One day my freshman year in high school, my principal, Mr. Pries, called me into his office. I was expecting to be chewed out for something, but instead, he smiled, looked me in the eye and asked me, “Who are you?” I was a little confused and mumbled an answer, an incomplete one. I had never really thought about it, so I didn’t know what to say. “When you can answer that question,” he said, “I’d like you to come back and tell me.”
His question planted a seed in me; not a seed of doubt, but of clarity. It dawned on me that the answer to it was the most important piece of knowledge I would acquire, if I could. The question always returned, despite the considerable distractions of being a teenager. I realized that I would not have been so baffled had I been asked this question just a few years earlier. It struck me then that you can learn your true nature only by retrieving and holding on to who you were as a child.
I learned that being true to one’s self means to believe in God alone and do the right thing, that is, that which is pleasing to Him. We know what that is from the revelation given to the prophets, but this is only a reminder. Before all else, we know what is right because it is inherent in our own souls, though we often fail to follow it, and I am the first to admit my failures and weaknesses. In every moment and aspect of our lives, we find the opportunity to do right with the time and resources apportioned to us. As for me, I feel especially inclined toward two goals: to help those who are oppressed or suffering, and to help end conflict and strife.
These are the words of Br. Ismail Royer writing to the judge presiding in his case. The rest of the letter focuses on Br. Ismail's journey to fulfill his goals and how he saw his actions which he was later prosecuted for. But I would like to stop at the first two paragraphs, because I can really relate to them.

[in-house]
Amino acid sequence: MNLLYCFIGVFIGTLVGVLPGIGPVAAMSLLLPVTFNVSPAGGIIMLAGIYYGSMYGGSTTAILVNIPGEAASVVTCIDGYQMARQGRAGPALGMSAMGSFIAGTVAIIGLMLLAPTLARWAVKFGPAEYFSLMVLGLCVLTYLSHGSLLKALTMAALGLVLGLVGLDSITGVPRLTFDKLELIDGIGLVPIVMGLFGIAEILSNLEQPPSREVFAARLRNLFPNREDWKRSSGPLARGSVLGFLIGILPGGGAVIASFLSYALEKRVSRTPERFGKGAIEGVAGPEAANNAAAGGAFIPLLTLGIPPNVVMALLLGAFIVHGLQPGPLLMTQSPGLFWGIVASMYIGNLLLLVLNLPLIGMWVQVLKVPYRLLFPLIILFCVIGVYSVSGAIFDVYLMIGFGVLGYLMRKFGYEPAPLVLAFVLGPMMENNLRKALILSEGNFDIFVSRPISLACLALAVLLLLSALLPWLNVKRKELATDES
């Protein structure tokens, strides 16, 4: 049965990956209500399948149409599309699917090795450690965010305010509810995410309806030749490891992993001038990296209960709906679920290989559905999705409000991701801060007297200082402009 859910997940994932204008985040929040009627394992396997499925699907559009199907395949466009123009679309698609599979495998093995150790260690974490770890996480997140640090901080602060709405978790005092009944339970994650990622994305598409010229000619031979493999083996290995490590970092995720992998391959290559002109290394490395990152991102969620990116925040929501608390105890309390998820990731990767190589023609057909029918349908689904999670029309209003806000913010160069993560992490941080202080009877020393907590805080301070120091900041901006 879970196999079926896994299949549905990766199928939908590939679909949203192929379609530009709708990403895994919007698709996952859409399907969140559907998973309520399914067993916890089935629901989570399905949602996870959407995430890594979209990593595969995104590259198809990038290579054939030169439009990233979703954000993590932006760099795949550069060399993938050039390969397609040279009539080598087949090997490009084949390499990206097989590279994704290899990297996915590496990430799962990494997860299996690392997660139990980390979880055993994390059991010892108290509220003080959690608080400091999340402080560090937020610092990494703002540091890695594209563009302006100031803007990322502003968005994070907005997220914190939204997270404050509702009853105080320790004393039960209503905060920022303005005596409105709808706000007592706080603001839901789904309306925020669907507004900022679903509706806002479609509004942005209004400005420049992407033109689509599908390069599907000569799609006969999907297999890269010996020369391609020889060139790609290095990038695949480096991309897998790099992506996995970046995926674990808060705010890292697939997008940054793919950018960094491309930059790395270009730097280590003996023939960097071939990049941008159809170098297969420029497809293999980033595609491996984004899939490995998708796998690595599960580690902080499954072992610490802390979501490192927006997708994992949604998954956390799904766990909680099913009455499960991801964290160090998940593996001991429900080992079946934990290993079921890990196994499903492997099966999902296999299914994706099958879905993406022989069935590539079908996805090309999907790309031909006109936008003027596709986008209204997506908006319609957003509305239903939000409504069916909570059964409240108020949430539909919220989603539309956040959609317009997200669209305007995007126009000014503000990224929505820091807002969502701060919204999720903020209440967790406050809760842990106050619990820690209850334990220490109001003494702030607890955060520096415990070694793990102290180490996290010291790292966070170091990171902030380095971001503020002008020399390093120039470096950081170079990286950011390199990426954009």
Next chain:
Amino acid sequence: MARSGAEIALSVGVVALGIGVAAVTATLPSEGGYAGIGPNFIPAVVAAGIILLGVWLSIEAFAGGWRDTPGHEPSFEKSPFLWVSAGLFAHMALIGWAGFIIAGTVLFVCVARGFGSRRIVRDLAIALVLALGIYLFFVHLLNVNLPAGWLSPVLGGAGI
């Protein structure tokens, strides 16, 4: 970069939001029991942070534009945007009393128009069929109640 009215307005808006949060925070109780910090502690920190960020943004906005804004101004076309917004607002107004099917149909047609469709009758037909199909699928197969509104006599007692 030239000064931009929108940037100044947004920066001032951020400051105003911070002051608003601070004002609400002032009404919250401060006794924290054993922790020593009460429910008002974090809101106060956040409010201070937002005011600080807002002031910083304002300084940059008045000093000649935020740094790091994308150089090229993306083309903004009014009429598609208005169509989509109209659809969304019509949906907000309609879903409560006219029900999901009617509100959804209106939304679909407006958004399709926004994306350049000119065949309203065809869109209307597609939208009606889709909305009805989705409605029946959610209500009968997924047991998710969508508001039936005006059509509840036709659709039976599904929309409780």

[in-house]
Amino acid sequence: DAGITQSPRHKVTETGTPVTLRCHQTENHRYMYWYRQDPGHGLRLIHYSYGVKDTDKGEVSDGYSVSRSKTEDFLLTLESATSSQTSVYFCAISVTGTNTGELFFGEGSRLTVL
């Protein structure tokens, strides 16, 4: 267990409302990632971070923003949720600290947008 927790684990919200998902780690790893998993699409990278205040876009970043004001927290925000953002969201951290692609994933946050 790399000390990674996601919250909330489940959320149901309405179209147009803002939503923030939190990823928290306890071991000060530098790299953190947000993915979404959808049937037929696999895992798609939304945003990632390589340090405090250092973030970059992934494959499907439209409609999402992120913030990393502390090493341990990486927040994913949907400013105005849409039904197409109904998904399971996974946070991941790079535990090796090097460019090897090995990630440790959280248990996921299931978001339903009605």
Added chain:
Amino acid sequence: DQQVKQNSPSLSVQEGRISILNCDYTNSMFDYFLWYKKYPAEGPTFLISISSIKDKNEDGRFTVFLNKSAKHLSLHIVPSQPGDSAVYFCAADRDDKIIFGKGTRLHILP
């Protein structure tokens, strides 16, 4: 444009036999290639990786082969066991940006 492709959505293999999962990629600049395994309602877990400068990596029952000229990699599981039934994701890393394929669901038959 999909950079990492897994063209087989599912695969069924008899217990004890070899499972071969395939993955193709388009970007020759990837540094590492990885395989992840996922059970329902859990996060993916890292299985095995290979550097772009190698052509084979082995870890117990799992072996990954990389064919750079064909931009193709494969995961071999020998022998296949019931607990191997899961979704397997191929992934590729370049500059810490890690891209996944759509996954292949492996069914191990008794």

I remember looking at myself in the mirror during my undergrad years and seeing an attractive young lady, but one who I didn't recognize as myself. And it wasn't just the physical aspect. That bothered me, but I couldn't figure out what to do about it. Besides, everyone else seemed to like me so I played along.
I finally found myself and was able to take off the mask I had unknowingly put on when I began caring more about pleasing Allah than pleasing people. A few months after first wearing hijab, I looked in the mirror and finally recognized the person I saw. It was not so much the piece of cloth, but the confidence of returning to my fitrah.
Anyways, back to Br. Ismail. Read the rest of his letter to the judge to find out more about his case. Read his recent letter from prison to get some insight into his thoughts on Islam and Muslims today. Excerpts below which offer some food for thought:
My main theme is that, just as many of Islam’s critics allege, it is true that Islam is incompatible with the modern world. That’s because the modern world is itself incompatible with the human soul, whereas Islam is the natural state of the human soul. Modernity is the product of the Enlightenment, the French Revolution, and related development, which were for the most part conscious revolts against God.
It is therefore impossible to coherently be a Muslim and at the same time have a mindset rooted in Enlightenment assumptions-just as it is impossible to be in submission to Allah while being in revolt against Him.
Incidentally, it is the latter position that cures the western Muslim’s soul of the schizophrenia arising from being a Western Muslim, for it is not the fact of being Western in heritage or language or culture that gives him schizophrenia, but it is in trying to synthesize Islam and Enlightenment ideology that does so. We reject the worship of other than Allah alone and what necessarily follows from that, but we do not reject being Western anymore than Bilal rejected being Ethiopian, or Salman rejected being Persian, or the Malay rejected being Malay when they embraced Islam.
In fact Islamic and Western culture overlap to a great extent, so aside from the issue of the recent hedonistic and other harmful elements in Western culture, the matter viewed in this light is no longer very intelligible. And even our rejection of any unjust actions of our people does not change who we are: “O my people! Yours is the kingdom this day!” cautioned the believing Egyptian.
This is not a new topic, actually it's one I am sometimes tired of, but I think Br. Ismail's letters do merit some thought and discussion, at the very least.